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Geo ch.11 (4)

Industry and Energy - Recycling and Changing Industry

recycling the separation, collection, processing, marketing, and reuse of the unwanted material
4 ways to recycle curbside programs, drop-off centers, buy-back centers (commercial operations pay consumers for recycled materials), deposit programs (price of a beverage can include a deposit fee that is returned when the container is returned)
remanufacturing the rebuilding of a product to specifications of the original manufactured product using a combination of reused, repaired, and new parts
4 major manufacturing sectors account for more than 1/2 the recycling activity - paper mills, steel mills, plastic converters, and iron and steel foundries
paper most types can be recycled
plastic different types cannot be mixed
glass can be used repeatedly with no loss in quality
aluminum principle source is beverage containers
new international division of labor selective transfer of some jobs to developing countries
outsourcing turning over much of the responsibility for production to independent suppliers, how transnational corporations allocate production to low-wage countries
vertical integration a company controls all phases of a highly complex production process
Foxconn the world’s largest electronics contractor, employs 1 million in China
maquiladoras plants in Mexico near the US border
BRICS an acronym coined by the investment banking firm Goldman Sachs for Brazil, Russia, India, China, and South Africa – much of the world’s manufacturing growth is expected to cluster in these countries
spinning clothing production - principal natural fiber is cotton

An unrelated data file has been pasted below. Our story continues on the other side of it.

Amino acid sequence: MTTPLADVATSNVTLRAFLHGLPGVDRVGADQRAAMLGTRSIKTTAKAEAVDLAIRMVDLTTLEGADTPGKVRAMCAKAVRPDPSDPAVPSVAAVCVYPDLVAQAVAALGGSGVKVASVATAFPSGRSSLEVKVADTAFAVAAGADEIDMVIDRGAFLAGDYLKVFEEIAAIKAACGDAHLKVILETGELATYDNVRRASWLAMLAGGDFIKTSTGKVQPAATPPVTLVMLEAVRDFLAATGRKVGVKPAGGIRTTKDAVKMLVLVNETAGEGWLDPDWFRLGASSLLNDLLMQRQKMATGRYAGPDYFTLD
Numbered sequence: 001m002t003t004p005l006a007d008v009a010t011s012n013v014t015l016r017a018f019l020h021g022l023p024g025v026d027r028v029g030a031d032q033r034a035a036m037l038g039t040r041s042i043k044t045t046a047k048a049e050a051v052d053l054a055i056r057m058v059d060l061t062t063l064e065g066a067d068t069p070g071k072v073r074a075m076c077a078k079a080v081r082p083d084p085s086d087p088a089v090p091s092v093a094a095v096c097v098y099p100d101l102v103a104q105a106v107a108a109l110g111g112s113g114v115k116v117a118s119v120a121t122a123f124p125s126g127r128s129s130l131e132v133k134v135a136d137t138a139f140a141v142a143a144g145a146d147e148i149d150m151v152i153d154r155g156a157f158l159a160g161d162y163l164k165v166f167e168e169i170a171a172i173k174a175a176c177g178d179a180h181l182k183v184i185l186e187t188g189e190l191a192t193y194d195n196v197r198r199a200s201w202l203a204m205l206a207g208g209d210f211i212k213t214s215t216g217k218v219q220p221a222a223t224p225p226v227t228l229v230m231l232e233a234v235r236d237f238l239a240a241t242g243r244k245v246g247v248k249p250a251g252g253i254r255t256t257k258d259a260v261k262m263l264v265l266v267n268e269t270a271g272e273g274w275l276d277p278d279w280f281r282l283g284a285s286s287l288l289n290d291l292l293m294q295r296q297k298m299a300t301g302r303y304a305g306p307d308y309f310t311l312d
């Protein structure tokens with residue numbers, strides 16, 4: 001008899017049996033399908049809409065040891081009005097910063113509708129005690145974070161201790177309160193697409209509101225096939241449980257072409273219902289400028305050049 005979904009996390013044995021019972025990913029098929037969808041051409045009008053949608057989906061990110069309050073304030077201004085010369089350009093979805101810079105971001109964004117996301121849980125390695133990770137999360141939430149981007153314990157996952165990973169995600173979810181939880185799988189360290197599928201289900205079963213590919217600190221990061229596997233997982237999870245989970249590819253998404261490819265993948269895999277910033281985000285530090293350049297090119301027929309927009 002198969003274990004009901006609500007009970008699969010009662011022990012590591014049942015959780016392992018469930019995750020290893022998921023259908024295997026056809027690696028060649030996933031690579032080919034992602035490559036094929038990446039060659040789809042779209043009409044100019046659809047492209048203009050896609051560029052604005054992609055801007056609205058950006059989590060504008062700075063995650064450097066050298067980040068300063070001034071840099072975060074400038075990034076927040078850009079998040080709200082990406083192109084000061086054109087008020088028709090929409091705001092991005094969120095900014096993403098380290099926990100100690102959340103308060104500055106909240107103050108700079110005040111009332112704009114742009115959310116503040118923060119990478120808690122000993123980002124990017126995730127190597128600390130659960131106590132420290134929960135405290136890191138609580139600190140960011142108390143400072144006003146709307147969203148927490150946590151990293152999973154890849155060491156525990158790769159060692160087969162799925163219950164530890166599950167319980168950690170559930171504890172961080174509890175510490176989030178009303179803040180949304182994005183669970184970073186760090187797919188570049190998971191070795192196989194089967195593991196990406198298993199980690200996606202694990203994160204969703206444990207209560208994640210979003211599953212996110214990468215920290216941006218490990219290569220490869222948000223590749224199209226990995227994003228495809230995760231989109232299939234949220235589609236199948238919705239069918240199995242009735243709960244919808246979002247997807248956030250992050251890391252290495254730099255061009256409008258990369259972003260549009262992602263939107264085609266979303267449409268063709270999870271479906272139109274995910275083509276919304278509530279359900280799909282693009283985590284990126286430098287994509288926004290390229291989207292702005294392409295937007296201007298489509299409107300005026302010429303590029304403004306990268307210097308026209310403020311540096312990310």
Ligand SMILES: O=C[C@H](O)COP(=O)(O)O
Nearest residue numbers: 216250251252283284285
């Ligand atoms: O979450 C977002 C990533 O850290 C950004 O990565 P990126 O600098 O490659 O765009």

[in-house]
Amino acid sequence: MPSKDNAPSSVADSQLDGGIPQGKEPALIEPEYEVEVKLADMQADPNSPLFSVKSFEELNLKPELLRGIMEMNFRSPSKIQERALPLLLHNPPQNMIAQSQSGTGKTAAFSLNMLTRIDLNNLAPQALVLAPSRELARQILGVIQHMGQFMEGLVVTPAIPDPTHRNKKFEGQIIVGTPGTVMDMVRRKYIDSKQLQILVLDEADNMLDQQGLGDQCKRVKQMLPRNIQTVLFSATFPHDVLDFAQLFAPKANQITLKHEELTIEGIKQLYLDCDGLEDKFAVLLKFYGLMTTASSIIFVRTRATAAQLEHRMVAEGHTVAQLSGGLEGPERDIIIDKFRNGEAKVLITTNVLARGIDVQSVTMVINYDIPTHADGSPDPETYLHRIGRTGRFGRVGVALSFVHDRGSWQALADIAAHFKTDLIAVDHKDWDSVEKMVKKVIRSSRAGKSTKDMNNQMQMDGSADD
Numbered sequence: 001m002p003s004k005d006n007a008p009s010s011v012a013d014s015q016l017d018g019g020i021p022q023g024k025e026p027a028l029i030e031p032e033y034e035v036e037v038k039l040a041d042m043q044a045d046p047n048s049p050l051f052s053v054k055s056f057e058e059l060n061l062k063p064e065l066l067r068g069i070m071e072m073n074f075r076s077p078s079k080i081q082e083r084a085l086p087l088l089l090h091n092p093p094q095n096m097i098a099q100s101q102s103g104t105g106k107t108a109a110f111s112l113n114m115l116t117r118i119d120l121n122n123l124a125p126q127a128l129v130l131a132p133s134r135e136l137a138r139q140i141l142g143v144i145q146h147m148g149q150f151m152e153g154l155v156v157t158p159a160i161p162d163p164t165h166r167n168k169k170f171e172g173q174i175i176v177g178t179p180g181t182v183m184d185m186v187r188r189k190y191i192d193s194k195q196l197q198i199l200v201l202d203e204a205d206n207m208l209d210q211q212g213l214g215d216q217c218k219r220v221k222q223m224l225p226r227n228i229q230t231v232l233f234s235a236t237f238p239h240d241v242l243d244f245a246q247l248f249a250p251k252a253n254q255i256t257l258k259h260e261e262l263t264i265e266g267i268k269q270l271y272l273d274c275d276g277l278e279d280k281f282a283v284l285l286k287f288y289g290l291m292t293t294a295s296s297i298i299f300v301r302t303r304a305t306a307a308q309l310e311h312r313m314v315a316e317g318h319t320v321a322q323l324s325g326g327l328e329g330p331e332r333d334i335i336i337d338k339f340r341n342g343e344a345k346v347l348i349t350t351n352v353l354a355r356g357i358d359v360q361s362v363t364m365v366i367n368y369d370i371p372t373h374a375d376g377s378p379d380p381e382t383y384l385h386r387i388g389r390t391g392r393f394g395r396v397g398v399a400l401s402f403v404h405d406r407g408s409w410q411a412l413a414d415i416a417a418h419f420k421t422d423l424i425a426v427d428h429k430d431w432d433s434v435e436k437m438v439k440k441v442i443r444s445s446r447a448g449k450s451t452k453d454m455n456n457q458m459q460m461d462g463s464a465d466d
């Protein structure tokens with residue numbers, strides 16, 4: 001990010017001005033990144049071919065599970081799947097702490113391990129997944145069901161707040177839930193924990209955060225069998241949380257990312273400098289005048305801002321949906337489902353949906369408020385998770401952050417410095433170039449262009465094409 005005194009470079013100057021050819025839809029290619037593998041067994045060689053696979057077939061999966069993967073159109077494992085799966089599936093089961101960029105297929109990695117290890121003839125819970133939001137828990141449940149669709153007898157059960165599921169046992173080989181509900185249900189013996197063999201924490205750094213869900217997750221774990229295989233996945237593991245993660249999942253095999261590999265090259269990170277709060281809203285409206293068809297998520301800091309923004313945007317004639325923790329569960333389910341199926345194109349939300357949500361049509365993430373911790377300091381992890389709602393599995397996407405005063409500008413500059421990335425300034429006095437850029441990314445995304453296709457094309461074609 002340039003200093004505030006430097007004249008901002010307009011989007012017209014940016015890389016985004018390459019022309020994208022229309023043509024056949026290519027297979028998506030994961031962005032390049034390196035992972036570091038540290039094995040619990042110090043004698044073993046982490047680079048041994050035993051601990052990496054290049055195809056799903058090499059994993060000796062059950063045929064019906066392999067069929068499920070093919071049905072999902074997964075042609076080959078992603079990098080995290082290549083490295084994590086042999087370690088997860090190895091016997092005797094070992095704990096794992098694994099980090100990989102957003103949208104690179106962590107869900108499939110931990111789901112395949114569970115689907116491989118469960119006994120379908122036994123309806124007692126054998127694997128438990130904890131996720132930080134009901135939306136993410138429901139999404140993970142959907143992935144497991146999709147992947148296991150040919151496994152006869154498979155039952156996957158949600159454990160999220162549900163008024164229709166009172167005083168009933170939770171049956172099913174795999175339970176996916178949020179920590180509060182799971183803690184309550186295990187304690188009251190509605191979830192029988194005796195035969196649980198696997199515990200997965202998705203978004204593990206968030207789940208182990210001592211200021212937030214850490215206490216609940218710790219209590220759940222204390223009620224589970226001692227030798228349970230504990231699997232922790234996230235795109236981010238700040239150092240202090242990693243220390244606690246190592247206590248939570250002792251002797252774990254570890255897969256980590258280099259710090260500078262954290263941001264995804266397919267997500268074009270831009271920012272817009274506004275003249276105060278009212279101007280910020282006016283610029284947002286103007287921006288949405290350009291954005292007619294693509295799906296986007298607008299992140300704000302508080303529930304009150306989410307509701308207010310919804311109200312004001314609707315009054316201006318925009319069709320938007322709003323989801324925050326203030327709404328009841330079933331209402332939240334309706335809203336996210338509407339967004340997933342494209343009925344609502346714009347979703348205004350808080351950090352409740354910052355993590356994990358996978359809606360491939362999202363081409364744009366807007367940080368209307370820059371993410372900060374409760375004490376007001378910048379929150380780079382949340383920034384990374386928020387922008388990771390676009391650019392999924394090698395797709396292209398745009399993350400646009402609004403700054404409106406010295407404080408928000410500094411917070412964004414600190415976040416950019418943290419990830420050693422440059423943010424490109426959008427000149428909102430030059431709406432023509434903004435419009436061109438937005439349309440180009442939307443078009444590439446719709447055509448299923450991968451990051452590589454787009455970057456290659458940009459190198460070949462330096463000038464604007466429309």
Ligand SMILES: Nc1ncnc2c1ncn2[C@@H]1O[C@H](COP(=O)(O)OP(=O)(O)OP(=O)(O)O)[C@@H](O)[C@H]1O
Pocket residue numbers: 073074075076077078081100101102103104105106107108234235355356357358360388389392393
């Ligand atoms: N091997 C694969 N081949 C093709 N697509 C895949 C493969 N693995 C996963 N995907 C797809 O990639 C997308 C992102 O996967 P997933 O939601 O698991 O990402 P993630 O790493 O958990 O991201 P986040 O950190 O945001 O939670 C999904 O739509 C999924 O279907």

weaving clothing production - for mechanized weaving, labor constitutes a high % of the total production cost - China and India are the dominant fabric producers
Barthelemy Thimonnier French tailor, invented the 1st functional sewing machine in 1830
Isaac Singer manufactured the 1st commercially successful sewing machine in the US in the 1850s
4 main textile products garments, carpets, home products like bed linens and curtains, and industrial items like headliners and motor vehicles
steel an alloy of iron that is manufactured by removing impurities in iron and adding desirable elements
2 changes in situation factors relative importance of the main markets and increasing importance of proximity to markets
2 raw materials to make steel iron and steel
steel mills in the mid-1800s concentrated around Pittsburgh because iron and coal mined there
steel mills in the late-1800s mills built around Lake Eerie because discovery of iron in Minnesota
steel mills in the early-1900s South Lake Michigan because needed more iron than coal
steel mills in the mid-1900s East and West coasts because iron started coming from other countries
steel mills in the late-1900s most integrated steel mills closed
steel minimills main input is scrap metal, less expensive, and can locate near markets
right to work law requires a factory to maintain an “open shop” and prohibits a “closed shop”
closed shop a company and a union agree that everyone must join the union to work in the factory
open shop a union and a company may not negotiate a contract that requires workers to join a union as a condition of employment
2 important site and situation factors in Europe low wage but relatively skilled labor and proximity to Western Europe markets
Created by: imr36093
Popular Geography sets




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